Don’t Mess With Sister

My father’s favorite childhood memory, retold many times around the dinner table, was his besting of the nun who tried to give him a good rap across the knuckles for his misbehavior in second grade. Hands out, ready for punishment, he swiftly lowered his hands just as the ruler descended, causing Sister to whack herself instead of him. Not many can boast of escaping Sister’s wrath (and he never reported on what happened afterwards). In the New York Times, Nicholas Kristof – We Are All Nuns – and Maureen Dowd – Bishops Play Church Queens as Pawns – offered their opinions on the Pope’s confrontation with the nuns, who are “accused…of worrying too much about the poor…” It isn’t hard to predict who will win.

In addition to recounting the legendary but truthful tale of Sister Rachele of the Congo who managed to “browbeat a native warlord into releasing the great majority of girls” who had been kidnapped from her Ugandan Girls’ School, Kristof offers this caution:

“…the Sisters may be saintly, but they are also crafty. Elias Chacour, a prominent Palestinian archbishop….once asked a convent {to} supply two nuns for a community literacy project. The mother superior said she would have to check with her bishop. ‘The bishop was very clear in his refusal to allow two nuns,’ mother superior told him later, ‘I cannot disobey him in that.’ She added: I will send you three nuns.'”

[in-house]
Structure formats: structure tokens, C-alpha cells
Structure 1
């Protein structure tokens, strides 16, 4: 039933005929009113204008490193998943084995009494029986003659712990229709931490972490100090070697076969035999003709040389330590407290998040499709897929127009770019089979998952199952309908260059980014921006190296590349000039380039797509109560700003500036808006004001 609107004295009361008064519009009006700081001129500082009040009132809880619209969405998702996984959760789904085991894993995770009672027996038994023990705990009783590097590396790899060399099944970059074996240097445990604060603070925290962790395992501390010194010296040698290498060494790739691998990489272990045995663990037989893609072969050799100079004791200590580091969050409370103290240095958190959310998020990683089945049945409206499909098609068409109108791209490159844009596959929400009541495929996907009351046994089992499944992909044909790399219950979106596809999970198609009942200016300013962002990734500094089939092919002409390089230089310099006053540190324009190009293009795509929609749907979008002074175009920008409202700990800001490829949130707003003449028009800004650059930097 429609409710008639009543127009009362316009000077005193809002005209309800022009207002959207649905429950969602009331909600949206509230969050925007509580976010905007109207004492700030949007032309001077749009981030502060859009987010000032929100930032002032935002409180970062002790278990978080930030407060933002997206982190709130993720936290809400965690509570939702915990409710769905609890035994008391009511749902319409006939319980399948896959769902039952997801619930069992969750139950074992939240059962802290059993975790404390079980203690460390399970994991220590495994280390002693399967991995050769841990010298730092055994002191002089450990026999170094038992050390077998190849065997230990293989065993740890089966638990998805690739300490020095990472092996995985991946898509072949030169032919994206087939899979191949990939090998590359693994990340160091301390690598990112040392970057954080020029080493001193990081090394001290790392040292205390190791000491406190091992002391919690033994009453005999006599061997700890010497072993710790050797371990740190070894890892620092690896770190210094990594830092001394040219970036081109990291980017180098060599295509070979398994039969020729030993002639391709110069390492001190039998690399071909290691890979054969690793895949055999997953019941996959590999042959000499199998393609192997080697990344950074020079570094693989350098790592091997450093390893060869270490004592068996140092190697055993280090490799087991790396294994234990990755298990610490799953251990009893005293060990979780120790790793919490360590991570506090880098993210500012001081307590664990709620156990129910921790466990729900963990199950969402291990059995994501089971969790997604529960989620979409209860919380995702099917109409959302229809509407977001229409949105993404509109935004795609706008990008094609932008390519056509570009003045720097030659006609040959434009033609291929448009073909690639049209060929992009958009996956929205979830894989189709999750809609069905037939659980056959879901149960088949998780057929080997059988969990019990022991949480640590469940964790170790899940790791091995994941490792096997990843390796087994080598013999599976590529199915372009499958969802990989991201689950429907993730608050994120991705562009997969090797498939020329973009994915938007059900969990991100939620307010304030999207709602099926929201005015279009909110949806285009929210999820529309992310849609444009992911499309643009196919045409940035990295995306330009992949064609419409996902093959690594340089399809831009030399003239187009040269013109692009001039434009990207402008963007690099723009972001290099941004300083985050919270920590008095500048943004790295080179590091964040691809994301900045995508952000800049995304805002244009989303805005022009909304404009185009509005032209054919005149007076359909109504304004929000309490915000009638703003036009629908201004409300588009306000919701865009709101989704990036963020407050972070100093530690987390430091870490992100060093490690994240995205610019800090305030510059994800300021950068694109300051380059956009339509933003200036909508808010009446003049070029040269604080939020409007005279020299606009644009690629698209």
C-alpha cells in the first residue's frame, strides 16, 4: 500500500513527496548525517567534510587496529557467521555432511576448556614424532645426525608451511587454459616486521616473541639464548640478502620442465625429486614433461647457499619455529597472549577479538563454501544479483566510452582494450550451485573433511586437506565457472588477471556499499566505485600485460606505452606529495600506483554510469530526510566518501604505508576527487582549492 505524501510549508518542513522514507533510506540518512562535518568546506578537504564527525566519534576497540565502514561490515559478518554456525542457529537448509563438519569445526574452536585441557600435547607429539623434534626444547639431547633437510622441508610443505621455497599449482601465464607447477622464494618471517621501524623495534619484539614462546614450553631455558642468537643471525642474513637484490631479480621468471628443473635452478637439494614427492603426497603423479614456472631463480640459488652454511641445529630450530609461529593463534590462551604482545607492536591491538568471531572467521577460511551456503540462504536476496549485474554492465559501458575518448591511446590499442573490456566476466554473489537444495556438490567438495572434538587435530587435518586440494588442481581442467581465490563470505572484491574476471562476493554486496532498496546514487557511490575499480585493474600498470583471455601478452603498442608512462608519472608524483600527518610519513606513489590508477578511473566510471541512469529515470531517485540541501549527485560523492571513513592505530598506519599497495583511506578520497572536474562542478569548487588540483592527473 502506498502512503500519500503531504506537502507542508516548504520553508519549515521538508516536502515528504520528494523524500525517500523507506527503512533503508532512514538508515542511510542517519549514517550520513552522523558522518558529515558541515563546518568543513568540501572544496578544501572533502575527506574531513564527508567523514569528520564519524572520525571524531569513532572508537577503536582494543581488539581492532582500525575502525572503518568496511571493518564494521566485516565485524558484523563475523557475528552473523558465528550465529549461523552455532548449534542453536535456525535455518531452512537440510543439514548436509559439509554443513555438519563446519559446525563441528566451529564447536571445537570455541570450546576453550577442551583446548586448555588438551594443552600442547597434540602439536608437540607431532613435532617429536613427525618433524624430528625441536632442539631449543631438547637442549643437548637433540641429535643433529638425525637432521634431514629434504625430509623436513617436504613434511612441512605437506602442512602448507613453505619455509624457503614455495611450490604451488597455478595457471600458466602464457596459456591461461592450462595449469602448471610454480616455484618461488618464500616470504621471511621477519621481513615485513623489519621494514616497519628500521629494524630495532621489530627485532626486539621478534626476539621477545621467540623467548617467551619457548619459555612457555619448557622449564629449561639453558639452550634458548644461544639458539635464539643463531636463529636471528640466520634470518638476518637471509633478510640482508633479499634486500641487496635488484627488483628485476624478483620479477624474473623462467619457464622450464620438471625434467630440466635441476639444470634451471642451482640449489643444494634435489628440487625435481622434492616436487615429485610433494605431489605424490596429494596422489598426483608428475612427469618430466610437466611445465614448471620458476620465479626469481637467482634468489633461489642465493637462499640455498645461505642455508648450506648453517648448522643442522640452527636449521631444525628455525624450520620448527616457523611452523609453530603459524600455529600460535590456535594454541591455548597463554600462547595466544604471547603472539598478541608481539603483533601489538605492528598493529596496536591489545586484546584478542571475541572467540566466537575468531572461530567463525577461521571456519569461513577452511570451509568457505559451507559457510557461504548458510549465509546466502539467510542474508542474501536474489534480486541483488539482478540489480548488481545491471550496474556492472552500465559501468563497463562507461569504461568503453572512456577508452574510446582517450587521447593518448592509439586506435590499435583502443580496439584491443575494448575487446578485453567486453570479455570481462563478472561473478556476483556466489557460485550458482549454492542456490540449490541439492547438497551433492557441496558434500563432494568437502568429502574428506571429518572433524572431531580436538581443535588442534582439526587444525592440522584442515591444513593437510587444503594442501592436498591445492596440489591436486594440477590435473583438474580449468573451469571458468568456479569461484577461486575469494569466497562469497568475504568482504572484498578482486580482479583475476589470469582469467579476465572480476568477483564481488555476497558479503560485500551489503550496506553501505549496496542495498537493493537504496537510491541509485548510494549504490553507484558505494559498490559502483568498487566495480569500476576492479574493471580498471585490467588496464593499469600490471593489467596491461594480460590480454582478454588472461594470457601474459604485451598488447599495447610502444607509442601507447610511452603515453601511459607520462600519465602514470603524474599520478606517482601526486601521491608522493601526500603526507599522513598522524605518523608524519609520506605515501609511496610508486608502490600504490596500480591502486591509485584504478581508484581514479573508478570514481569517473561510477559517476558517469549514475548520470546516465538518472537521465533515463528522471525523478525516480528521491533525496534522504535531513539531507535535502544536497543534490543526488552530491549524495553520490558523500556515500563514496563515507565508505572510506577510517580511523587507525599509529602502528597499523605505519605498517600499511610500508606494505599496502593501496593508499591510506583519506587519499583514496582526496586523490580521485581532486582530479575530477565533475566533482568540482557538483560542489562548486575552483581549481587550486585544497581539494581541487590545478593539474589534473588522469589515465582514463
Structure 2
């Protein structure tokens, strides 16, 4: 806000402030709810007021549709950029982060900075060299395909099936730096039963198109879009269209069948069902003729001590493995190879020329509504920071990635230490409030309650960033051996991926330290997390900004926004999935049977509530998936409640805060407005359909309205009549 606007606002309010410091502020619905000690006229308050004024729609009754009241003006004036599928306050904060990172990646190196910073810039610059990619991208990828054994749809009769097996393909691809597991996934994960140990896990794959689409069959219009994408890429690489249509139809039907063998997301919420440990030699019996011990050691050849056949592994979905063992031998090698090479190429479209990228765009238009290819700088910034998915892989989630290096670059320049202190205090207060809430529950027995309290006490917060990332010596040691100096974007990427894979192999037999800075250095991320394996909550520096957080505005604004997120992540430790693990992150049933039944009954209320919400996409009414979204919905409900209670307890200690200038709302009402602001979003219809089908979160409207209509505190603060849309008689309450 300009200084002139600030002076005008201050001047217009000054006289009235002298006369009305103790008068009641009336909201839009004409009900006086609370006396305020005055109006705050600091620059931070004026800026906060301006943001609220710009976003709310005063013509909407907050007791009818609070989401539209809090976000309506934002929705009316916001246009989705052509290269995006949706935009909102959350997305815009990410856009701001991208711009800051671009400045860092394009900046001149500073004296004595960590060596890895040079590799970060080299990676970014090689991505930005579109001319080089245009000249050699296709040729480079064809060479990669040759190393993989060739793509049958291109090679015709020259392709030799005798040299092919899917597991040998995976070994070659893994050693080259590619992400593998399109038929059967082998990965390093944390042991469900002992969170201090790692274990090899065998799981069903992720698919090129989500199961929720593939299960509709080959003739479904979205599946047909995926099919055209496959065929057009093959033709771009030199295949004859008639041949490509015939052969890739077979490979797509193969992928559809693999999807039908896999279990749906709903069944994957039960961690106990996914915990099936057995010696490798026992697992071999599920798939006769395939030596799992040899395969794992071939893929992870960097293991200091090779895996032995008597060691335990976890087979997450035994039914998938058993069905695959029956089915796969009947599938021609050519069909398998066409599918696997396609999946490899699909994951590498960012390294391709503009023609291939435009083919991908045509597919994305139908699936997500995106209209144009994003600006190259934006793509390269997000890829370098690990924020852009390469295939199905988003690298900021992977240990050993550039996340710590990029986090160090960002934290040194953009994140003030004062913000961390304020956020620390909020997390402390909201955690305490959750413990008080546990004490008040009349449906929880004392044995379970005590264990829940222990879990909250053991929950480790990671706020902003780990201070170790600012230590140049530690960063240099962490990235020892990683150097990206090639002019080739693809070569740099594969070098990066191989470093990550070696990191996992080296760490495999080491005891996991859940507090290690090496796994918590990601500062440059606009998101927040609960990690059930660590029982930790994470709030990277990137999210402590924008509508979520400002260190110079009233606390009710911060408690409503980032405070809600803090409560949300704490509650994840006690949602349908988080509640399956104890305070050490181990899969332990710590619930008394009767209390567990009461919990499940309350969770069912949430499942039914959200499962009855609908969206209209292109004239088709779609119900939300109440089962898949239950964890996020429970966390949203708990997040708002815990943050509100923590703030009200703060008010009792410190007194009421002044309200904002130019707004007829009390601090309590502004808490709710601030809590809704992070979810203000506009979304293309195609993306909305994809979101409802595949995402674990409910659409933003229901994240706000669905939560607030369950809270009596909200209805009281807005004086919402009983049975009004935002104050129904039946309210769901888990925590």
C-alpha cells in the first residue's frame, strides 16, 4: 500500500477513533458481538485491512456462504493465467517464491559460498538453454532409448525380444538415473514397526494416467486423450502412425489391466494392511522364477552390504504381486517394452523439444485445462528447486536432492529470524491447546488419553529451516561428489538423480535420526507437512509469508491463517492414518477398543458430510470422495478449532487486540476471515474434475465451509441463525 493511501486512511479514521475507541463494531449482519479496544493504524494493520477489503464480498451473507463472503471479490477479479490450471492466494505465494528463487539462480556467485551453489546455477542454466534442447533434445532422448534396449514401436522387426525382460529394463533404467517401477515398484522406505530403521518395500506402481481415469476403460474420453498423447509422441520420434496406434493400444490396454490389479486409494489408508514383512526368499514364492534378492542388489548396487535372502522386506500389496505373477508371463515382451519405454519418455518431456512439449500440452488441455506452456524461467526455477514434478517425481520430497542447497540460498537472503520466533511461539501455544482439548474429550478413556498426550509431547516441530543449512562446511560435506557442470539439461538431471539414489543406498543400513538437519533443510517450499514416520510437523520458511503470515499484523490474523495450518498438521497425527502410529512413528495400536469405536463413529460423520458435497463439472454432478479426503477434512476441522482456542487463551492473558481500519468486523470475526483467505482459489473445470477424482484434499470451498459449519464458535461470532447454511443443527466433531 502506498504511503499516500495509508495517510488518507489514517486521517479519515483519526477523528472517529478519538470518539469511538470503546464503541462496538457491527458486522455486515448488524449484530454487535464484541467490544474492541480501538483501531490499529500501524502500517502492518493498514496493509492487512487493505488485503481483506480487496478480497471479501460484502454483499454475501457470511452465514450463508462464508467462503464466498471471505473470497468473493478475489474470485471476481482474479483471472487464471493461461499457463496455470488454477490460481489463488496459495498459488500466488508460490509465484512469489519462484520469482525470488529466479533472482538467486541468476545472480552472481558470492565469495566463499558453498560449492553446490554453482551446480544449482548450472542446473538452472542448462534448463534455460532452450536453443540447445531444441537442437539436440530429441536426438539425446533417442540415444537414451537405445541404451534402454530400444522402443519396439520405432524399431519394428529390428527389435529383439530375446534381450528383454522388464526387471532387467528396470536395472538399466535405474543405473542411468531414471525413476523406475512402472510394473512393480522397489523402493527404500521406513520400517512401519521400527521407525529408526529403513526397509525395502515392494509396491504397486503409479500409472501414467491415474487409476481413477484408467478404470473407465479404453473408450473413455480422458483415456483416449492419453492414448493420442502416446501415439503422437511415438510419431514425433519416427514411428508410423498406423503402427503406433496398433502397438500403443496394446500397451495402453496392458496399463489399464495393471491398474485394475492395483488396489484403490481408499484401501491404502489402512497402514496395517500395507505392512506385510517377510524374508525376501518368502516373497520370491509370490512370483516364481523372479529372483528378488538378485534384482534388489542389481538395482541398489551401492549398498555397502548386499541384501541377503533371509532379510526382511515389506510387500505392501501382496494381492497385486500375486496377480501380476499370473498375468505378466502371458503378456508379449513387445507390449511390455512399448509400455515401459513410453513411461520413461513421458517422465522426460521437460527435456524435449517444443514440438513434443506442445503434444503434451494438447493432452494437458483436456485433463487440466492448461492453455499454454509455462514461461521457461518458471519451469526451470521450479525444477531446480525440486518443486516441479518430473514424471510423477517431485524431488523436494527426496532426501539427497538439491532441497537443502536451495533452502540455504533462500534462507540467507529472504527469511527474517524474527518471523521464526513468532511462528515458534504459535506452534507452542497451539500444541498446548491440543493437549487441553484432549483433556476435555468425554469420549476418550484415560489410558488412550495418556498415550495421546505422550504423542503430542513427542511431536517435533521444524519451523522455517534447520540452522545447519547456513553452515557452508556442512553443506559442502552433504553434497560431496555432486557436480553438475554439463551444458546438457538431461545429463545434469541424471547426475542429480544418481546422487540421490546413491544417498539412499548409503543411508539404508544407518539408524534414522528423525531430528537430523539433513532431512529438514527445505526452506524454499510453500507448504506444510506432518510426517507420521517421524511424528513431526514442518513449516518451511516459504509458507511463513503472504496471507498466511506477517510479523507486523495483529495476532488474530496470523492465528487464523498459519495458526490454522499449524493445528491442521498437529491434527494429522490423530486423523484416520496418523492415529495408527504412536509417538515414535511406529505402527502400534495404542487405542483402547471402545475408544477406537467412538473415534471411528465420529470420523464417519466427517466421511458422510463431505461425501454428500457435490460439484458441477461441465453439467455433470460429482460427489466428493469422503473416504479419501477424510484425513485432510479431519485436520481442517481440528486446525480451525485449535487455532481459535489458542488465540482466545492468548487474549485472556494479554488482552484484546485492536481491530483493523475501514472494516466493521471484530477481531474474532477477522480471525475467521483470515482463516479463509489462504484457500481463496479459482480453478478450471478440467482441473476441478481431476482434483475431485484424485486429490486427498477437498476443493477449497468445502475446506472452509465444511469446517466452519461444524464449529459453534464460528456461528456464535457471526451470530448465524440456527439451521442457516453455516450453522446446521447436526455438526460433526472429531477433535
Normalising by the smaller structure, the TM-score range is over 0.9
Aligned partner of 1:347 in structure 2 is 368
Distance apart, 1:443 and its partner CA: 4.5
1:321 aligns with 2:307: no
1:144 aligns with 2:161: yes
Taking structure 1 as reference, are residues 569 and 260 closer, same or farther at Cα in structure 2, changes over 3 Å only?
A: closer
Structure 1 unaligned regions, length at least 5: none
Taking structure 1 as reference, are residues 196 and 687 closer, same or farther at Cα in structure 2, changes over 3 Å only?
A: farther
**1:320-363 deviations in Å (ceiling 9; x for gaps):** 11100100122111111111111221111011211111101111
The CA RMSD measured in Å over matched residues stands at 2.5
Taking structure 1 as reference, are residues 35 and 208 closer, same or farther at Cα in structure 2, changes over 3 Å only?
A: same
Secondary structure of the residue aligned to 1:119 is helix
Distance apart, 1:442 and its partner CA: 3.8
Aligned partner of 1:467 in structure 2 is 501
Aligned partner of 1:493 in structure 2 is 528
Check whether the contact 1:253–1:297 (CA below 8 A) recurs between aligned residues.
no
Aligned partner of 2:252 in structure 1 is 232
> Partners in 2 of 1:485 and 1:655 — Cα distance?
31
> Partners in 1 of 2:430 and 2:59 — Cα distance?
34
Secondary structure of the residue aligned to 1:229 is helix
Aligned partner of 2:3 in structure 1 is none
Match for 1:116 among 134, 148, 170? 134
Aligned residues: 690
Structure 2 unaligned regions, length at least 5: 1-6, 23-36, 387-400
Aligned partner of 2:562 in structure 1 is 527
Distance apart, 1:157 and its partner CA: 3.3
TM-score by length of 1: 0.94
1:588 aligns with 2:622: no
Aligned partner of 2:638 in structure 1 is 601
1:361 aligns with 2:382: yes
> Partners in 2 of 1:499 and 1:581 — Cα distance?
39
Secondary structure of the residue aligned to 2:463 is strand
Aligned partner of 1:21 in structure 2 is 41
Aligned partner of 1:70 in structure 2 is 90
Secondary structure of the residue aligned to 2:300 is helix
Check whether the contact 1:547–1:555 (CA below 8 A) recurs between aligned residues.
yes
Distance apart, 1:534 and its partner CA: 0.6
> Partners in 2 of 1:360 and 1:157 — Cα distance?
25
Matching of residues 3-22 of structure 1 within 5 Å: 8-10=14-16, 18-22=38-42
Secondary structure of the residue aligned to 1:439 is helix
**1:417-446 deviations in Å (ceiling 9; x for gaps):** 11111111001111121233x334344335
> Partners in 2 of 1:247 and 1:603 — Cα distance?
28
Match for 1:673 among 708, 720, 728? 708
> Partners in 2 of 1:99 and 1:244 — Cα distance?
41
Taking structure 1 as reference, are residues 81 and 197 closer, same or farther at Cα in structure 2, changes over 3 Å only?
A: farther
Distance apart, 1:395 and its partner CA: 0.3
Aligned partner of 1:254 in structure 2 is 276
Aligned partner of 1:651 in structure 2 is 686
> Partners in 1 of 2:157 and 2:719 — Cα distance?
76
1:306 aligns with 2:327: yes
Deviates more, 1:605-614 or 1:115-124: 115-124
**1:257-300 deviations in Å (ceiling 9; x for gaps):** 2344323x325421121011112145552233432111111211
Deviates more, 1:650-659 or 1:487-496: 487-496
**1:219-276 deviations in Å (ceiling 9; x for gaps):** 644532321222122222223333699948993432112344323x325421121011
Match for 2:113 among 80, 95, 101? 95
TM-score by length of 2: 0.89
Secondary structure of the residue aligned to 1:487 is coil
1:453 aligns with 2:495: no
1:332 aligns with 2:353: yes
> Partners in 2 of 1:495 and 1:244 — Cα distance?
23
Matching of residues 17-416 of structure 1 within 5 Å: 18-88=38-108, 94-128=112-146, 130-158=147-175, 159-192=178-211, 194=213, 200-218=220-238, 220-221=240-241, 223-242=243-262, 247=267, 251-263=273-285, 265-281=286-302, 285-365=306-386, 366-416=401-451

Having had the personal experience of being indoctrinated by nuns through twelve years of schooling – with some memories that are scary, most benign, a few endearing – I wondered about fiction – who wrote about nuns? I remember two books I’ve read and enjoyed – how about you?

Related Article: Vatican Reprimands US Nuns

The Quality of Life Report

Meghan Daum may be the L.A. Times equivalent of Maureen Dowd in the New York Times.  Her political columns are witty and acerbic, attacking idiosyncracies with the smile and parry of  Jon Stewart – funny with underlying truth.  Although I have sworn off memoirs, I read her latest book – looking for that humor and zing.  Life Would Be Perfect If I Lived in That House did not disappoint.

 Daum refers to using the royalties of the novel she wrote while in Nebraska – one of her many places to live – to ultimately buy a house.  I found that novel – The Quality of Life Report.

Although fiction, the book matches some of Daum’s brave revelations about her personal life in her exaggerated memoir – you write what you know?   The character Lucinda Trout might have been having the same adventures as Meghan Daum, but I had read the nonfiction sequel, and Lucinda was (mostly) fiction.